James Cutting

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Popular movies present chunk-like events (scenes and subscenes) that promote episodic, serial updating of viewers' representations of the ongoing narrative. Event-indexing theory would suggest that the beginnings of new scenes trigger these updates, which in turn require more cognitive processing. Typically, a new movie event is signaled by an establishing(More)
The hypothesis that abrupt visual onsets capture attention automatically, as suggested by Yantis and Jonides (1984) was tested in four experiments. A centrally located cue directed attention to one of several stimulus positions in preparation for the identification of a target letter embedded in an army of distractor letters. In all experiments, one(More)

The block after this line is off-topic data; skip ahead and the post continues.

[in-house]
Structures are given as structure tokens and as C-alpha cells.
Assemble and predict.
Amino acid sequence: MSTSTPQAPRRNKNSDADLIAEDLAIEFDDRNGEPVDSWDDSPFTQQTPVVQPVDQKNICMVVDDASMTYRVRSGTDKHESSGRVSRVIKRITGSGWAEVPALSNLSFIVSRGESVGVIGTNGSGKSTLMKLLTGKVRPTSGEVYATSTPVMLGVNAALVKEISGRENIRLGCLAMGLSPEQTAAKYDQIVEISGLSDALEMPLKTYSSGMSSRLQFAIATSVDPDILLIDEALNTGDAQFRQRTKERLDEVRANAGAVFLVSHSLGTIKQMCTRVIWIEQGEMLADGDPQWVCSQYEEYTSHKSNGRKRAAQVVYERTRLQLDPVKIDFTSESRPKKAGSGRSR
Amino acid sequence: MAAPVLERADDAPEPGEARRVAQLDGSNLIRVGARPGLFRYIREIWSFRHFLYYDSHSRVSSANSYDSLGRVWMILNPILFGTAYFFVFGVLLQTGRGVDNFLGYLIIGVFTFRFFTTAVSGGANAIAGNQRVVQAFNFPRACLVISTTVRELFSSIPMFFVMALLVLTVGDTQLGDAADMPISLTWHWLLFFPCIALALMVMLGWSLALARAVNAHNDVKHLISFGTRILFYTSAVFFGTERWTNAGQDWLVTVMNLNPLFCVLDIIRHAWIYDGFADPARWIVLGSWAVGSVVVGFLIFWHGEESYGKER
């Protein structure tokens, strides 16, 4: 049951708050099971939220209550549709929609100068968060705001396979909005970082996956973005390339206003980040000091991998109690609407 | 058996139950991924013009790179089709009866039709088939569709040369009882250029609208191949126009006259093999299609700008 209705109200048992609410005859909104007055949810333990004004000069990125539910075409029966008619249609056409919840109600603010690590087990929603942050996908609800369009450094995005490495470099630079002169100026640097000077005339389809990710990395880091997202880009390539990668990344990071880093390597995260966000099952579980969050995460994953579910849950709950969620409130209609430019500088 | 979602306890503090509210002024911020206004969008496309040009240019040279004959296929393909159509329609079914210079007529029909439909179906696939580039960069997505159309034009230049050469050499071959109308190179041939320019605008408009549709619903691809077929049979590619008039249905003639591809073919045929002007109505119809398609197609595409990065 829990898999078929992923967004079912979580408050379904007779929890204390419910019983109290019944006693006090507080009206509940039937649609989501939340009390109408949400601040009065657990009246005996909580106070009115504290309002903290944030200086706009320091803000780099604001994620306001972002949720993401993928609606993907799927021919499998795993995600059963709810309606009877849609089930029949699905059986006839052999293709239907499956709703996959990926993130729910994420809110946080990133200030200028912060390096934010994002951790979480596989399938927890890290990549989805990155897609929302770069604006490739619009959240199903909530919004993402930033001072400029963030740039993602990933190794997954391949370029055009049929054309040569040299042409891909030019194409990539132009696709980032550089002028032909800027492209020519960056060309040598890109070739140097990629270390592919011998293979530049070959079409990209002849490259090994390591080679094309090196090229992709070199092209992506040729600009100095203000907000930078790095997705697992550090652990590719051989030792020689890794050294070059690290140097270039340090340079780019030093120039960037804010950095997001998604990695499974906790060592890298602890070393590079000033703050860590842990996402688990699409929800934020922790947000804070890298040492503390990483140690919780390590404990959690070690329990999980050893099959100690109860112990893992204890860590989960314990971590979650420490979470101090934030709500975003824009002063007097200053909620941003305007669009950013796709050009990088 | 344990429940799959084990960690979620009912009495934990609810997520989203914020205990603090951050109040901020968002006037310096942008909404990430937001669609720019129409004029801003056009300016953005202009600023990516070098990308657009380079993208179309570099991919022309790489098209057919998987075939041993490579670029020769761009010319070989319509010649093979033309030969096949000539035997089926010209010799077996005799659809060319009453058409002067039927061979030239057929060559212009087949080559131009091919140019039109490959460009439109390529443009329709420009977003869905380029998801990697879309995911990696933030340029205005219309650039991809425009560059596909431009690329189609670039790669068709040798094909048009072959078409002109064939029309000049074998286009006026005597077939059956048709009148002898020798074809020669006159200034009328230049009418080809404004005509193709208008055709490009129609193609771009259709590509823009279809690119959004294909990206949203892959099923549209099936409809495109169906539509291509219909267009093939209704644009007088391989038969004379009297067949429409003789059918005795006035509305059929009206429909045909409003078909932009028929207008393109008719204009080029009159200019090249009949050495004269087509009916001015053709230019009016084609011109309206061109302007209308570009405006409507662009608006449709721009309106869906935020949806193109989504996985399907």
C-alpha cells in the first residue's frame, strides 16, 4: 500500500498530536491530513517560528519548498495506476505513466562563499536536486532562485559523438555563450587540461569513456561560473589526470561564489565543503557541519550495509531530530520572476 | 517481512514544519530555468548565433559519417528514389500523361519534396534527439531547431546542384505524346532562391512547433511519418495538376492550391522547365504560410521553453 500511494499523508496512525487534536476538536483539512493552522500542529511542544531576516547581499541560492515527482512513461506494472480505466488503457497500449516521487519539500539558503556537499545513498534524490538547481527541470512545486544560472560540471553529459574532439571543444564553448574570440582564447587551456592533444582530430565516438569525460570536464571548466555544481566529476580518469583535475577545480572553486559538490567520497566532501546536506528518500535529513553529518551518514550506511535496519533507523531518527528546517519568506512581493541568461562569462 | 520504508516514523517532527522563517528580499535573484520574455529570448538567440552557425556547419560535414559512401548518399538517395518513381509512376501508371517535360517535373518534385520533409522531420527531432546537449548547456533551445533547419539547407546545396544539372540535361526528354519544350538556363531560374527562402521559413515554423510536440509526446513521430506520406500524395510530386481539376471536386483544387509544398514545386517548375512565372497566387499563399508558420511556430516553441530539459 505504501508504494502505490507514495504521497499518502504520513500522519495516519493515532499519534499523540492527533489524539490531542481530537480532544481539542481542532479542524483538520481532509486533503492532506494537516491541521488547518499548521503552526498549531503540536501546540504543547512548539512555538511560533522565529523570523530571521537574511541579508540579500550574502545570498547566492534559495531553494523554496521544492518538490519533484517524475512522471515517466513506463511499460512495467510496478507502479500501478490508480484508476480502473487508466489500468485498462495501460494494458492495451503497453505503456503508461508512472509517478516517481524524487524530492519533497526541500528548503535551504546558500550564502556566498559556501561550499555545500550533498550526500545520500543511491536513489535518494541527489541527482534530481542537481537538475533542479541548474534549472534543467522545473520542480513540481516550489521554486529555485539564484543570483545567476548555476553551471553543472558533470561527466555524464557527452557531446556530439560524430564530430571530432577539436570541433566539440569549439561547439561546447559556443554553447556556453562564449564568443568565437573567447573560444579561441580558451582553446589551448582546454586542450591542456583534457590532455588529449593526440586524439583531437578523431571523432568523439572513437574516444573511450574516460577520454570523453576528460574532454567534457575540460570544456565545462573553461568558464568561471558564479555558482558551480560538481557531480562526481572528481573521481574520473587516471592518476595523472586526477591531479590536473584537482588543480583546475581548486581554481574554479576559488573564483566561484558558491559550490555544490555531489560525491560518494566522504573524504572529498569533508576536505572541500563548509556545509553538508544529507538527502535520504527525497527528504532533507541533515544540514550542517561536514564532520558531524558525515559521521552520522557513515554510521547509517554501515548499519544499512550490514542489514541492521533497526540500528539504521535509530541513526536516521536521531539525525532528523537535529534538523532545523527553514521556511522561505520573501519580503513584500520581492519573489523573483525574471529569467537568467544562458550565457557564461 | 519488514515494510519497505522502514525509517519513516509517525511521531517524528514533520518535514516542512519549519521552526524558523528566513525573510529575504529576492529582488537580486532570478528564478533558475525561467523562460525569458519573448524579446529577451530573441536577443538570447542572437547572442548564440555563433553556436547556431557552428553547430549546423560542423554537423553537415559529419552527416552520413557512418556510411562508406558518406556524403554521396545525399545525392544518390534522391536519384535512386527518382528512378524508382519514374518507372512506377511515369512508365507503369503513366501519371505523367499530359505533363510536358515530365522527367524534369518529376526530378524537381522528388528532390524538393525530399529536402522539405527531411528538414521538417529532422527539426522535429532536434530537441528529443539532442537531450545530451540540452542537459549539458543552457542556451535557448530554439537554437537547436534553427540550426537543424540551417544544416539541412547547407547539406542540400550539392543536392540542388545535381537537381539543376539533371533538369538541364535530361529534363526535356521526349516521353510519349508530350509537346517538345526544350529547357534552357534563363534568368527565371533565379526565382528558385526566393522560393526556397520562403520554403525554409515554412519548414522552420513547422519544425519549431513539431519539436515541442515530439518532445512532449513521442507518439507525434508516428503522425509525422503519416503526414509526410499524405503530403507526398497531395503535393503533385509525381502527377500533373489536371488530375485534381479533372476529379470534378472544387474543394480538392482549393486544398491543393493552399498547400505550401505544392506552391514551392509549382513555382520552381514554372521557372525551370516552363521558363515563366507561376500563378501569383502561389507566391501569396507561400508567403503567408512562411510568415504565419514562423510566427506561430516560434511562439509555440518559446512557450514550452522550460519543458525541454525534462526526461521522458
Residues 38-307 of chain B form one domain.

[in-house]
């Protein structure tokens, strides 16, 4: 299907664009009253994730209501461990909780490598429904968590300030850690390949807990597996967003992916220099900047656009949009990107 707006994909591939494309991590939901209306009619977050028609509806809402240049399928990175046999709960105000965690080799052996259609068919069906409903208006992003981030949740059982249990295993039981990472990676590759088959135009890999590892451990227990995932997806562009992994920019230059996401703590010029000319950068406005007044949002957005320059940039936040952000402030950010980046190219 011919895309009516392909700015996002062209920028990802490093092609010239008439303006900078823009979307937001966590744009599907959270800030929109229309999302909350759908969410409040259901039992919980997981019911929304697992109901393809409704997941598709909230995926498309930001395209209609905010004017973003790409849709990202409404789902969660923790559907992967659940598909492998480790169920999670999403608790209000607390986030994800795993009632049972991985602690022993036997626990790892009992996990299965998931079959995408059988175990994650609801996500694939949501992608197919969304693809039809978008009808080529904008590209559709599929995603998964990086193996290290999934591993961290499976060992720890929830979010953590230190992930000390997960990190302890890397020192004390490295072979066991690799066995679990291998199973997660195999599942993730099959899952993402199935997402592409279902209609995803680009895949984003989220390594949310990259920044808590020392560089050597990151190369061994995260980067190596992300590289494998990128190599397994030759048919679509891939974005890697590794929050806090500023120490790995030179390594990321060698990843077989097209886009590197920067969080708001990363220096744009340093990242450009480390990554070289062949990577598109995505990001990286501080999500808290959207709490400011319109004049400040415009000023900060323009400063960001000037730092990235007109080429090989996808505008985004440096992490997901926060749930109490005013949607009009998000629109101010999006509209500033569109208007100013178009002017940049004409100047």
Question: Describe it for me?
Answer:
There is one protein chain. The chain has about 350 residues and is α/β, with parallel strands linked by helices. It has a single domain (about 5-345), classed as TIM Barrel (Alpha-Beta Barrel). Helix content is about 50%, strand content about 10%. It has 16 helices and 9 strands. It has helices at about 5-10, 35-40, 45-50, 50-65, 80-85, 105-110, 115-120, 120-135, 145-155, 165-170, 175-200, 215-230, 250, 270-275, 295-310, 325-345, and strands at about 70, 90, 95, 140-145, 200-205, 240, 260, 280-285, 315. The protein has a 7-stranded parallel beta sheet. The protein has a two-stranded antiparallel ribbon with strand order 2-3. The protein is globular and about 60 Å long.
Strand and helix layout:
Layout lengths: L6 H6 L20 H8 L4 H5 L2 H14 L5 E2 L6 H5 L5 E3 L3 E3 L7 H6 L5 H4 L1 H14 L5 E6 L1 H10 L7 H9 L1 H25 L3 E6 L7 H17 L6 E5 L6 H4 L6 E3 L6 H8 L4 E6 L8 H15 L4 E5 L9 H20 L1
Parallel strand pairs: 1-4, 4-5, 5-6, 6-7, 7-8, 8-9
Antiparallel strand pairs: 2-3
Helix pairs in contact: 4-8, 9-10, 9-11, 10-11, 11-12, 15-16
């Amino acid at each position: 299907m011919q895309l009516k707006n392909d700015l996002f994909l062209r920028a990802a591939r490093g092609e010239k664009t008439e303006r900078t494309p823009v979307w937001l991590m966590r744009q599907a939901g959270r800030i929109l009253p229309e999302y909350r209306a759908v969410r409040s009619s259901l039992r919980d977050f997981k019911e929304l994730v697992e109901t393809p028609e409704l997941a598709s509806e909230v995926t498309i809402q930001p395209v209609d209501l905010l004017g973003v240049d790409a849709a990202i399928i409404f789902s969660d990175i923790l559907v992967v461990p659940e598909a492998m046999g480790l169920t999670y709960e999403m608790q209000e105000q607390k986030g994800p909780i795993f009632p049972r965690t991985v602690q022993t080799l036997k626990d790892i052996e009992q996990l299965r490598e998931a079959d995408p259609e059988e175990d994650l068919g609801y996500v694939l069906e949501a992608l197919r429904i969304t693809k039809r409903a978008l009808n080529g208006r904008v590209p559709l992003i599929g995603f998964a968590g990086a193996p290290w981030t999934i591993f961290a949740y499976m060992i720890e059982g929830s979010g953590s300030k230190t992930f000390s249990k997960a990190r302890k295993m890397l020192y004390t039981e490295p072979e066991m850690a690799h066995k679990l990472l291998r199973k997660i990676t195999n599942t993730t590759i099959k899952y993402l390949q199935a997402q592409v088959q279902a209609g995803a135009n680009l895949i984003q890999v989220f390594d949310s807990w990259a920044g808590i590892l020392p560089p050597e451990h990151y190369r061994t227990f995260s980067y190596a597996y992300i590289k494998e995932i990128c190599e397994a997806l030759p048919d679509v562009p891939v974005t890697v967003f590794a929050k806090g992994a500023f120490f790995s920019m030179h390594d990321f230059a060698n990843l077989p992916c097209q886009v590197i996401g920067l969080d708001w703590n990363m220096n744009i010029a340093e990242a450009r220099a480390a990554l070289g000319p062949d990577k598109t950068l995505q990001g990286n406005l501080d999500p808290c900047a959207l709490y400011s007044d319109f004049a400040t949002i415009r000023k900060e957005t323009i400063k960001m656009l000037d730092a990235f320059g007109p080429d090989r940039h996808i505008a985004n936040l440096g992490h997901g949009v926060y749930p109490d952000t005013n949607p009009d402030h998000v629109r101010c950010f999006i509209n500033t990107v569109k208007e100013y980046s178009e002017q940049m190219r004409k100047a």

Humans process a visual display more efficiently when they encounter it for a second time. A previously perceived object, now presented very briefly, is correctly identified more accurately than a new object, showing priming (Tul-ving & Schacter, 1990). Such perceptual facilitation is seen not only for isolated shapes or words, but also for complex visual(More)
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